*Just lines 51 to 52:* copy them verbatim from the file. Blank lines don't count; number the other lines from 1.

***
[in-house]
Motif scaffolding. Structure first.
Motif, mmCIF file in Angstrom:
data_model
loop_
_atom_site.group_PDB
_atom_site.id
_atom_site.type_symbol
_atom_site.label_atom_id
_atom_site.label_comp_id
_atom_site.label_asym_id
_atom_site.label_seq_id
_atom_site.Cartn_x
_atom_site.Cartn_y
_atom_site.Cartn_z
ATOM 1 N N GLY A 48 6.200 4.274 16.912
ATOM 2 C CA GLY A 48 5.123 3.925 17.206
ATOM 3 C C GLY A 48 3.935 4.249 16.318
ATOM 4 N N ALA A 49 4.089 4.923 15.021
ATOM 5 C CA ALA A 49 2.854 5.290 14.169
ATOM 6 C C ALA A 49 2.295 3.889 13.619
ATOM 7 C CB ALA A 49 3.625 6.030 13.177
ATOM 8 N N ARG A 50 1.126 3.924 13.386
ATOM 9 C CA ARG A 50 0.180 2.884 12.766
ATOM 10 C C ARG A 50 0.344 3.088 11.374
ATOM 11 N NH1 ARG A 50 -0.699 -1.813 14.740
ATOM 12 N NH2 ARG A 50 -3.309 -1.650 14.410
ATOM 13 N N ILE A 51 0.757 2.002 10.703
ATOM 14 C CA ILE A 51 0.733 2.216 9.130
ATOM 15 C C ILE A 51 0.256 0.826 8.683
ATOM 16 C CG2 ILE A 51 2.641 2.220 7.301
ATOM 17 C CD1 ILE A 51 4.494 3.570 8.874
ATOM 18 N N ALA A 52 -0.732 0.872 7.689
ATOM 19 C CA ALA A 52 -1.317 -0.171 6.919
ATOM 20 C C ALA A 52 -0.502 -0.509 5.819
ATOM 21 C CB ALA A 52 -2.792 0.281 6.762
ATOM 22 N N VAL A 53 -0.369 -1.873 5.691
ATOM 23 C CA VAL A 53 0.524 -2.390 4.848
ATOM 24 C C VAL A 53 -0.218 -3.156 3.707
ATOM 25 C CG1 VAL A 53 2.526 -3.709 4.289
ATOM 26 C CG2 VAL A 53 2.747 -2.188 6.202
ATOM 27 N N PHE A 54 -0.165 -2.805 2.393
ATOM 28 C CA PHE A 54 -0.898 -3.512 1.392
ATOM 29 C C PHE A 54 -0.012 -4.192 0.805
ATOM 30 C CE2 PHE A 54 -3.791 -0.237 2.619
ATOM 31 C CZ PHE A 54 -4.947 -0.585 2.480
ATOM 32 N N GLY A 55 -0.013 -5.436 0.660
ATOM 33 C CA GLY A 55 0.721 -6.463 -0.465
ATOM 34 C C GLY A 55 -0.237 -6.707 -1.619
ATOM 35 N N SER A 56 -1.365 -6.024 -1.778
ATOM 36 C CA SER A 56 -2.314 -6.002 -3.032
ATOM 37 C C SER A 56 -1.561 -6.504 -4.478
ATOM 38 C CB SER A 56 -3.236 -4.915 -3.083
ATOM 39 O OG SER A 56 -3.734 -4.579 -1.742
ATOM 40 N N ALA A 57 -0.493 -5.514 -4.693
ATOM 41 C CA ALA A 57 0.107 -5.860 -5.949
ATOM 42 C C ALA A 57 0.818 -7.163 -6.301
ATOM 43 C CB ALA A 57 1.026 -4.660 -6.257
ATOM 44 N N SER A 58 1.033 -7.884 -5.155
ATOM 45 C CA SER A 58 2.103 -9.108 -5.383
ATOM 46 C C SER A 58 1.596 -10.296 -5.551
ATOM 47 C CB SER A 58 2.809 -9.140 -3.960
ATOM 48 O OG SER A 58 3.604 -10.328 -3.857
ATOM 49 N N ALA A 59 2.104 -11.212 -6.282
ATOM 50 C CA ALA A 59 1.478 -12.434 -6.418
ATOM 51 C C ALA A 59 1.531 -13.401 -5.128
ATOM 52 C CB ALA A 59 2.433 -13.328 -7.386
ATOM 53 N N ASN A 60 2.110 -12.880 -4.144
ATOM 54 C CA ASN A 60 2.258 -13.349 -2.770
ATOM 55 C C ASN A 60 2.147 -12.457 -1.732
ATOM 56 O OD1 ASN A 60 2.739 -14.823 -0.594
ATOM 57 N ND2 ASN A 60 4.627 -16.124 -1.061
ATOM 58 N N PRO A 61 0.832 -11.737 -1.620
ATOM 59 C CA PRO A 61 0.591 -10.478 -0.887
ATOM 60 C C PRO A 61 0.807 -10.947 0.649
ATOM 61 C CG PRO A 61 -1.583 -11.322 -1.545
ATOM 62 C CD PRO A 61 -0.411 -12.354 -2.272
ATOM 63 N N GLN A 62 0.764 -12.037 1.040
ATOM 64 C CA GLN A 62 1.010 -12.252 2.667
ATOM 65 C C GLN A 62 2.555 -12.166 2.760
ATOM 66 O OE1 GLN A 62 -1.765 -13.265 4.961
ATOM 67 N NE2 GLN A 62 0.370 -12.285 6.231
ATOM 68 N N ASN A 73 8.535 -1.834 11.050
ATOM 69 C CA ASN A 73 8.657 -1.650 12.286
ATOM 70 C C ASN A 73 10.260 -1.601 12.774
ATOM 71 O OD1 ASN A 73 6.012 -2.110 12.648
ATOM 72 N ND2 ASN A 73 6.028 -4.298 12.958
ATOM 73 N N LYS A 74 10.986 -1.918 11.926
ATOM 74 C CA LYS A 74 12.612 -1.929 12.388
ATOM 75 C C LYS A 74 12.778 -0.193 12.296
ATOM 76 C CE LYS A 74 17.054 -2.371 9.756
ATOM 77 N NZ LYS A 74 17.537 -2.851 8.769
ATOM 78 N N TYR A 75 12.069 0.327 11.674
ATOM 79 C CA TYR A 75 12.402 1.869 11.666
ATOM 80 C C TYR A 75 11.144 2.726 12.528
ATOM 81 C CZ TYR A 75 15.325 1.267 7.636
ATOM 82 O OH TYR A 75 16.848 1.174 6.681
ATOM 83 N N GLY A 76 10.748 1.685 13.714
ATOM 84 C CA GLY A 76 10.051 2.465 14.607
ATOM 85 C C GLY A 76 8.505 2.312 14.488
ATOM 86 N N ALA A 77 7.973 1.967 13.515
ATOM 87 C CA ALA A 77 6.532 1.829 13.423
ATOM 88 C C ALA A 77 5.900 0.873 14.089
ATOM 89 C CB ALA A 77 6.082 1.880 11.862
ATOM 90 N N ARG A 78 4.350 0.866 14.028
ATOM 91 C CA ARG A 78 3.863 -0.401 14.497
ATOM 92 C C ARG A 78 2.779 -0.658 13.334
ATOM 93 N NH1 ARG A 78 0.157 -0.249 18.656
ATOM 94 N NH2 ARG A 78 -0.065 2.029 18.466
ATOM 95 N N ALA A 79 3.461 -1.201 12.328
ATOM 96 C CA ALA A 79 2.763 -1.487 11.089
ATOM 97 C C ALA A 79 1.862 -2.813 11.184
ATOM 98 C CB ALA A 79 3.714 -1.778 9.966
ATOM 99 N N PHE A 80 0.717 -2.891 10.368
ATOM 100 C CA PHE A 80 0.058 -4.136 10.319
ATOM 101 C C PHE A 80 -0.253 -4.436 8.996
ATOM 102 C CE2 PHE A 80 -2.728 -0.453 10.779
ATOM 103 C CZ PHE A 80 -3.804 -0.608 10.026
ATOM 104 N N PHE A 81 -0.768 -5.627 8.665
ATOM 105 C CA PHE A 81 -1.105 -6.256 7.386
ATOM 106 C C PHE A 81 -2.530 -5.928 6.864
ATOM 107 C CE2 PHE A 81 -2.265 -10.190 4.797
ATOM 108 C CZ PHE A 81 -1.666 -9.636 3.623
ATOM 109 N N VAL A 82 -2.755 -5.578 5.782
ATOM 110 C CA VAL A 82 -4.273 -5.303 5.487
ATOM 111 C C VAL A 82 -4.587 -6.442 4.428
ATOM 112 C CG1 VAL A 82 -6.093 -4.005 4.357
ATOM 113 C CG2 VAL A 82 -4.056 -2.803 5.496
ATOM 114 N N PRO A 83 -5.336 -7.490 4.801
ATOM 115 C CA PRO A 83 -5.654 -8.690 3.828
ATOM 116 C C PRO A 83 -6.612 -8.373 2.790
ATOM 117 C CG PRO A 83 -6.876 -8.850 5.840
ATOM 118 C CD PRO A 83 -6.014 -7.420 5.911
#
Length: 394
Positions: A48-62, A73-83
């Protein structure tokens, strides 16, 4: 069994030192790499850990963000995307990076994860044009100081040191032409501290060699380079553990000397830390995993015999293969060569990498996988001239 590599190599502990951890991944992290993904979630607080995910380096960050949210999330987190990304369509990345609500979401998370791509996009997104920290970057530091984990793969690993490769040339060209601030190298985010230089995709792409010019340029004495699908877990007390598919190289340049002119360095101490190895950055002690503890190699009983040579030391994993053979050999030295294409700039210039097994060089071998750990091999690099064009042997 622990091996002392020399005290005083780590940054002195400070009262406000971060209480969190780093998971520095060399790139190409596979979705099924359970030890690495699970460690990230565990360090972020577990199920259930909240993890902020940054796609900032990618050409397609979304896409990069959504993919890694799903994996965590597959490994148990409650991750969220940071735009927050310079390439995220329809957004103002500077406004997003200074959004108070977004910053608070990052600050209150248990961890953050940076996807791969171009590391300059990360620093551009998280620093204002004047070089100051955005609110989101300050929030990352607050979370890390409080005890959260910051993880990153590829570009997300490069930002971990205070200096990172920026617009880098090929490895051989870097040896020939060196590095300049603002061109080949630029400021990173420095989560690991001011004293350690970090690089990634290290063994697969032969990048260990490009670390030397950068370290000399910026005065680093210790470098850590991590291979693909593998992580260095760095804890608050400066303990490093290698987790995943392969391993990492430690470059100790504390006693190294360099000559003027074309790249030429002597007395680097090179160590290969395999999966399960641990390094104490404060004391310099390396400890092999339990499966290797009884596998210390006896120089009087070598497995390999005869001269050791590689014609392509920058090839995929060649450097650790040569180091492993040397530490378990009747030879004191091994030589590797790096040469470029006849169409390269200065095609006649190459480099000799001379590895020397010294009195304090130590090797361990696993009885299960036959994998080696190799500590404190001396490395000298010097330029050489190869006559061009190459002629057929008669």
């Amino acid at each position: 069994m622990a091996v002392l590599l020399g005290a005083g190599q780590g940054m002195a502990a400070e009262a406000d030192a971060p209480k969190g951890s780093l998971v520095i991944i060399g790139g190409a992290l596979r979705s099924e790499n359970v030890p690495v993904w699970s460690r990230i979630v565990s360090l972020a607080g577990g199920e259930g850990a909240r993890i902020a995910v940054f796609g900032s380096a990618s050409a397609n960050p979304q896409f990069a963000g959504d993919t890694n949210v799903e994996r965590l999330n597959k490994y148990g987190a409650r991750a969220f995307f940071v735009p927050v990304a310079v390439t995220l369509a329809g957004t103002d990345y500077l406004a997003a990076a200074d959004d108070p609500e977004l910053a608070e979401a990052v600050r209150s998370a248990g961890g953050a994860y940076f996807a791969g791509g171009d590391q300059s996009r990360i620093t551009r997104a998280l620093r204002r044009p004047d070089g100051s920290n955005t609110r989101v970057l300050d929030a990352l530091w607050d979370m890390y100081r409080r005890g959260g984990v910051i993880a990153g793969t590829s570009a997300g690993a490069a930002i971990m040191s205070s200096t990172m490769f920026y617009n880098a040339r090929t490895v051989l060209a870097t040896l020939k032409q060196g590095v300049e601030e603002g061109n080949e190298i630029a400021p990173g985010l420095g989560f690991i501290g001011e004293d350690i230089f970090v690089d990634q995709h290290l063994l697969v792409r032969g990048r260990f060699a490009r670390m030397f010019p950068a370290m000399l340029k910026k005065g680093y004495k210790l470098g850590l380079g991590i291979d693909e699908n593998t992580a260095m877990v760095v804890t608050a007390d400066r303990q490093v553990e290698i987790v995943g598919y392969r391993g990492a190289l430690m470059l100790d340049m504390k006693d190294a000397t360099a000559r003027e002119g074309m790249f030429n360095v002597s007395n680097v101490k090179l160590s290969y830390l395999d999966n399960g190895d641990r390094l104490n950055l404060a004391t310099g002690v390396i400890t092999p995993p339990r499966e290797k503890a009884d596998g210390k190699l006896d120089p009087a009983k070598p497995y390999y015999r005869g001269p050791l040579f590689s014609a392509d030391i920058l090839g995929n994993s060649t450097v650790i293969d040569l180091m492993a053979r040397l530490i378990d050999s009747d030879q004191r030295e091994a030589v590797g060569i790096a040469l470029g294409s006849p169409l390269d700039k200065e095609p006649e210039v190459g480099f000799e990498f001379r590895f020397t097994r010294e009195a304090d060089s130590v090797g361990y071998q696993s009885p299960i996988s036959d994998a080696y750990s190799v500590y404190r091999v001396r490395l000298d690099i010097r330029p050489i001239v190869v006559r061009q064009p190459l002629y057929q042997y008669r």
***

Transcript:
ATOM 36 C CA SER A 56 -2.314 -6.002 -3.032
ATOM 37 C C SER A 56 -1.561 -6.504 -4.478